Today we flew home. The entertainment system was working on the plane this time round, so after more gawping at the extravagant nature of the technology we settled down and blocked out the flight with stories. I managed to make my way through Doctor Who – Let's Kill Hitler, Sherlock – The Hounds of Baskerville, The Lion King (trust me to go for the kids channel!), and The Artist, which I’d been meaning to watch for a while, but this marathon included regular stops to stare out of the plane window some more. With this flight in daylight I could make sense of what I'd seen in the dark on the way over, and most of it was desert. The plane approximately follows the path of the Nile north, so we few over first the Libyan Desert, and then the mighty Sahara. Seeing the empty vastness and the shifting dunes below I felt like a character from a Tintin book. I've never seen anything like it.
|Sunrise at Entebbe airport, our last morning in Africa|
With the parents going to bed early after driving us home I was left to take Galaxy the dog on his last brief walk of the day. We take him out around 11:00pm to do his business, and to be honest I wanted to go to bed. Gal and I wandered round to a long grassy strip where it’s a bit quieter. The night was cool and crisp and clear, with an unusual number of stars out. I recognised the Plough again, Cassiopeia, Pleiades. As we passed the bushes near the wooded lane we met a prickly little gentleman making his way out for supper. A hotchi witchi in the hedgerow. I just stood there for a while in the silence, remembering where I come from. In Kabubbu one of the main questions the older kids ask you is which you prefer, Uganda or England. I answered them truthfully; Uganda is a beautiful and fascinating country and I would love to go back there again, but whoever you are and wherever you come from, your own home will always be the most special.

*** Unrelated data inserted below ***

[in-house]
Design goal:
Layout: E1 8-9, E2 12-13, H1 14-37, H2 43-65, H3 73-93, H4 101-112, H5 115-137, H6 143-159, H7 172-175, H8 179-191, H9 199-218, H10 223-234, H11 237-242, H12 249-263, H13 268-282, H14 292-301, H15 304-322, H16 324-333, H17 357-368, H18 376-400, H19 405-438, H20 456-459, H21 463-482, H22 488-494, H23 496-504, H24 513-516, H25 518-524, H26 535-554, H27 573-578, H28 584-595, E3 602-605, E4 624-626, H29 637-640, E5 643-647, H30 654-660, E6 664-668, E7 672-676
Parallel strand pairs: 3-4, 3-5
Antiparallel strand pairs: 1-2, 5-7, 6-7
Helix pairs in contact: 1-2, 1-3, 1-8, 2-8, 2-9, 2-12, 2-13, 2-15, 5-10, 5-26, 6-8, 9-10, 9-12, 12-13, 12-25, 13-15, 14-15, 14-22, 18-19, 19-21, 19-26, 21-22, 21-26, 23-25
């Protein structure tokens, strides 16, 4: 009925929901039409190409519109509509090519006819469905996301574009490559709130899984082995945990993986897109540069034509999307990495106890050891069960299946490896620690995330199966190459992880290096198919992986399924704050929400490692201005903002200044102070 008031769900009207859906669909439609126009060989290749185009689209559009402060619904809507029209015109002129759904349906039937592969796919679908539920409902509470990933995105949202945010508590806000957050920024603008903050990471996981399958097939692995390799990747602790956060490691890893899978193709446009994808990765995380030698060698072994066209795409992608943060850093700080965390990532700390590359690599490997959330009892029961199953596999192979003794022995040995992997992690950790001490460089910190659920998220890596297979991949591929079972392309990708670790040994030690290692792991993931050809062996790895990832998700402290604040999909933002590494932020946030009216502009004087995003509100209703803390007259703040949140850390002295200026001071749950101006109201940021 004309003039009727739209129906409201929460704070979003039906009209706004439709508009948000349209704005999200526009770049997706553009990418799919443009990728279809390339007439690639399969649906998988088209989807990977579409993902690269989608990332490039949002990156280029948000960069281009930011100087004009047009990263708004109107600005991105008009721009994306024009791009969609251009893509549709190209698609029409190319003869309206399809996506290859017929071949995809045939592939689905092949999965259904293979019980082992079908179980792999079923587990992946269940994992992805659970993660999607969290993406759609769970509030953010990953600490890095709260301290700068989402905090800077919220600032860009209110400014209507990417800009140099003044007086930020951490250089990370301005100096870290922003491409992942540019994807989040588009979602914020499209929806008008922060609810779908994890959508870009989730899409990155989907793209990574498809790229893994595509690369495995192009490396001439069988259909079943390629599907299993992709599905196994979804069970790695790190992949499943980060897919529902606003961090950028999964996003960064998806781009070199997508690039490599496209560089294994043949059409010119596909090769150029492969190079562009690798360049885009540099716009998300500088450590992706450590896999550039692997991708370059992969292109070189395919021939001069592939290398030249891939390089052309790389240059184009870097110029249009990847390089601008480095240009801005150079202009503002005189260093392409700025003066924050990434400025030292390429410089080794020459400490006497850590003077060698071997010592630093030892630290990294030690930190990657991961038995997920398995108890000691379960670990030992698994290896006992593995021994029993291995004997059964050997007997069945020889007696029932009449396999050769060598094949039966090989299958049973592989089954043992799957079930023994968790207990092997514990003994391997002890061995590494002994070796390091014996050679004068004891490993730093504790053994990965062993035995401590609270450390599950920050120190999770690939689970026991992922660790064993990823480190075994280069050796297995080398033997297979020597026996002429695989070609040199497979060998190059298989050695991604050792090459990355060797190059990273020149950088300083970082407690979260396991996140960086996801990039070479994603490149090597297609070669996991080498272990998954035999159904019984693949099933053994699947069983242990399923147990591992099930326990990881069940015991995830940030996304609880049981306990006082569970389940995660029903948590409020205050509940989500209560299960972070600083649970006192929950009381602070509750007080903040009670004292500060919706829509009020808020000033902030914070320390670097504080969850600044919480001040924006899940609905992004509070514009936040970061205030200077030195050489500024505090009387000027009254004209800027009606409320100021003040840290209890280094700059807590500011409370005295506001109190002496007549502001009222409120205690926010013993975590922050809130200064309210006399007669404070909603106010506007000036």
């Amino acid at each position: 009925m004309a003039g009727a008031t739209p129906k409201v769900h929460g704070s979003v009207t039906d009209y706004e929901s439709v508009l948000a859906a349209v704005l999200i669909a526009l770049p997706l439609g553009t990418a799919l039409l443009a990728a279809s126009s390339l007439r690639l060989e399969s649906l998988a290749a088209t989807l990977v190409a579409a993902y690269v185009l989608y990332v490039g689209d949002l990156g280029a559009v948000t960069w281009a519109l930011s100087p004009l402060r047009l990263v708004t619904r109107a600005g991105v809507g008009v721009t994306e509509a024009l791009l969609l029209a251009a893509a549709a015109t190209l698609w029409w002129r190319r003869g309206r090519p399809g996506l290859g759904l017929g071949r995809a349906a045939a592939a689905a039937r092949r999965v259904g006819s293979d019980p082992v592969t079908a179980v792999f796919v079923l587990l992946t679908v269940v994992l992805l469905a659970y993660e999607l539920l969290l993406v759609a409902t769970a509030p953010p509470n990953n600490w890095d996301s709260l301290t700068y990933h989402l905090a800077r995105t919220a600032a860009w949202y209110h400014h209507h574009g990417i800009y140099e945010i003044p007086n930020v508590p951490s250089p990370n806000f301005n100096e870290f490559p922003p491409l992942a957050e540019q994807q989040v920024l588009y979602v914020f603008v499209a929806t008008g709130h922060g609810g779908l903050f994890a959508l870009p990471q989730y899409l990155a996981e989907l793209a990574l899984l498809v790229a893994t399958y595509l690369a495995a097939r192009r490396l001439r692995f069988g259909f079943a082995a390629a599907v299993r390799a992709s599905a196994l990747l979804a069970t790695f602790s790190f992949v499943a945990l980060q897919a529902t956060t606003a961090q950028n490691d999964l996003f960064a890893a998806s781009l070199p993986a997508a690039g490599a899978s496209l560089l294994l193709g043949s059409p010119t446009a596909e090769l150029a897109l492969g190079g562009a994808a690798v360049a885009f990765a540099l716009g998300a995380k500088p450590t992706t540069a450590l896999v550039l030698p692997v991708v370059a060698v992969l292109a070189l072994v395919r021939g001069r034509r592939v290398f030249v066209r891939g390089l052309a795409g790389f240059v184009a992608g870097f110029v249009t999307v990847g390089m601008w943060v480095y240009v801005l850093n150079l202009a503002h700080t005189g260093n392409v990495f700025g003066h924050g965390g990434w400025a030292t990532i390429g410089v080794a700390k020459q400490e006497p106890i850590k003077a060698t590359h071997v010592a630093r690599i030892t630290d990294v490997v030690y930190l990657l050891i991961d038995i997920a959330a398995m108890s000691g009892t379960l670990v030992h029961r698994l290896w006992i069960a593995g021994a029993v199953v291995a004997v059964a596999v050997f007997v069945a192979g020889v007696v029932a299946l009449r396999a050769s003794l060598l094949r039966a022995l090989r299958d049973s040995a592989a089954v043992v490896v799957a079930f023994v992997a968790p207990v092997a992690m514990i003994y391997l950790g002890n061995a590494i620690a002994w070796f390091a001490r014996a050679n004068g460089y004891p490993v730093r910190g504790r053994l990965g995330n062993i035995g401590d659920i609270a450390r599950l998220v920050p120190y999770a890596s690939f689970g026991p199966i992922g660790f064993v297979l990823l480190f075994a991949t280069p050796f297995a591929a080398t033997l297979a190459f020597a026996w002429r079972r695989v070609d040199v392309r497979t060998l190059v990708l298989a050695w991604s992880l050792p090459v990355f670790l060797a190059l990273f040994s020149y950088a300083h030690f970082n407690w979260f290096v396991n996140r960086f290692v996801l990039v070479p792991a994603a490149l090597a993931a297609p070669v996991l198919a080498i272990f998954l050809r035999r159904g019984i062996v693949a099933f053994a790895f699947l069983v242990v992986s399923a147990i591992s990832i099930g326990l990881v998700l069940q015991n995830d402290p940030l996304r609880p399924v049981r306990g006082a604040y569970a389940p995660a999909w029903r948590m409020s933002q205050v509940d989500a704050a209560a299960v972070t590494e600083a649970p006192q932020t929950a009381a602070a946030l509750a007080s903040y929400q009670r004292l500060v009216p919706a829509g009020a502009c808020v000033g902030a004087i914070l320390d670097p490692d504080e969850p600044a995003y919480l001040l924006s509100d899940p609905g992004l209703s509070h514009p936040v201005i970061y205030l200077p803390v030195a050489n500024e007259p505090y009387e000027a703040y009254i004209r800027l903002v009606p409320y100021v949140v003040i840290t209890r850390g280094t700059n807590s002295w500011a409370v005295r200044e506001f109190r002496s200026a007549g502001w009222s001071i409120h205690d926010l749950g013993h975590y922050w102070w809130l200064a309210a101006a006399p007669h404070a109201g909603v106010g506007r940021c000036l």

I put this together quickly to show a friend what I'd been up to. It's rough, no thought gone into the timings, but it's nice for a quick overview, and the song kind of says it all. It's Fernando Ortega's version of the hymn 'Great is They Faithfulness'.
Edit: My parents showed it to their church back in Norfolk and now it has a few dozen views on Youtube which is lovely, if slightly bizarre for me.